Despite Tesla recommending plugging their cars in when parking for extended periods I had to leave my Model 3 unplugged when I went to Sweden over the winter holidays.
Before heading to the airport I charged the car to 85% to make sure it wouldn't run flat. During my trip I tracked the so called “phantom drain” from the battery by taking a reading of the charge level every evening using the Tesla app.
After 42 days the charge level had only dropped by 28 points, to 57%. That's on average about ⅔ of a percentage point, or ½ kWh, lost per day. Based on this I wouldn't even worry too much about leaving the car unplugged for up to three months as long as I've charged it up beforehand. But plugging in while parked is of course always preferable as it lets the car run its battery management system.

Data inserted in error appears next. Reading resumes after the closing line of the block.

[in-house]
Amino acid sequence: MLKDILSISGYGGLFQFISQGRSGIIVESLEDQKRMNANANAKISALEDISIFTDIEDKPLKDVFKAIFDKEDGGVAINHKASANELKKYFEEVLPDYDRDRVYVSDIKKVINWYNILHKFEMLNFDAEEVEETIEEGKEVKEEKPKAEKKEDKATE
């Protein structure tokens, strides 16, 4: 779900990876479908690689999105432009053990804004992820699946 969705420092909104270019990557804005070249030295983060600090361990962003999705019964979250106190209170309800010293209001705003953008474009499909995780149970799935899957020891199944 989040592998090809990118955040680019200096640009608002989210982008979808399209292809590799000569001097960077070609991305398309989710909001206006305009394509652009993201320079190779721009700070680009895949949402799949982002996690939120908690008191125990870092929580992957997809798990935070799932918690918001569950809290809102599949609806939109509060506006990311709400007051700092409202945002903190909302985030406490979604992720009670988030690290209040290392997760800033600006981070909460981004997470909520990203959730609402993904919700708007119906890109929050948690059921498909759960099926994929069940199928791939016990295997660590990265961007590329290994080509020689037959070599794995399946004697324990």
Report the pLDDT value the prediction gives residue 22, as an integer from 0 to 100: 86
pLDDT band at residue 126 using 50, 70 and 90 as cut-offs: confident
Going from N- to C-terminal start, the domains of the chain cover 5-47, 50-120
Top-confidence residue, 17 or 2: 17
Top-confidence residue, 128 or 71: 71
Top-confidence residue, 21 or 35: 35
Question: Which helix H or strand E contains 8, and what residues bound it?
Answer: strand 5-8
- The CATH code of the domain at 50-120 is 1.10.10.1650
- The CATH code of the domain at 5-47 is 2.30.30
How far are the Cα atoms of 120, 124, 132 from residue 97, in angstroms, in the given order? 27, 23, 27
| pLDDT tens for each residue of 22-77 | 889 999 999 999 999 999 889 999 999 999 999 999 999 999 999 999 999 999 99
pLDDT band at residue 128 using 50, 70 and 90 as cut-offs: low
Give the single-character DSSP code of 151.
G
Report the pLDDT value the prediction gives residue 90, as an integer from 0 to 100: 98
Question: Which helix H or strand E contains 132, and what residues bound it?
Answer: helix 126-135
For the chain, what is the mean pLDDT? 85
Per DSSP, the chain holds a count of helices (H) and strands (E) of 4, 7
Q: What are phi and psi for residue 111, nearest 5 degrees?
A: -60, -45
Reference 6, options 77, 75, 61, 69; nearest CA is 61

An interesting data point to note is that one day after starting the experiment the charge level had increased to 86%. I suspect this was due to the battery recalibrating after the charging session.
Car specification: Long Range Rear Wheel Drive Tesla Model 3, firmware version 2018.42.4.
Environment: Unheated indoor garage in Seattle during December and January, temperature range 0 – 15°C (32 – 59°F).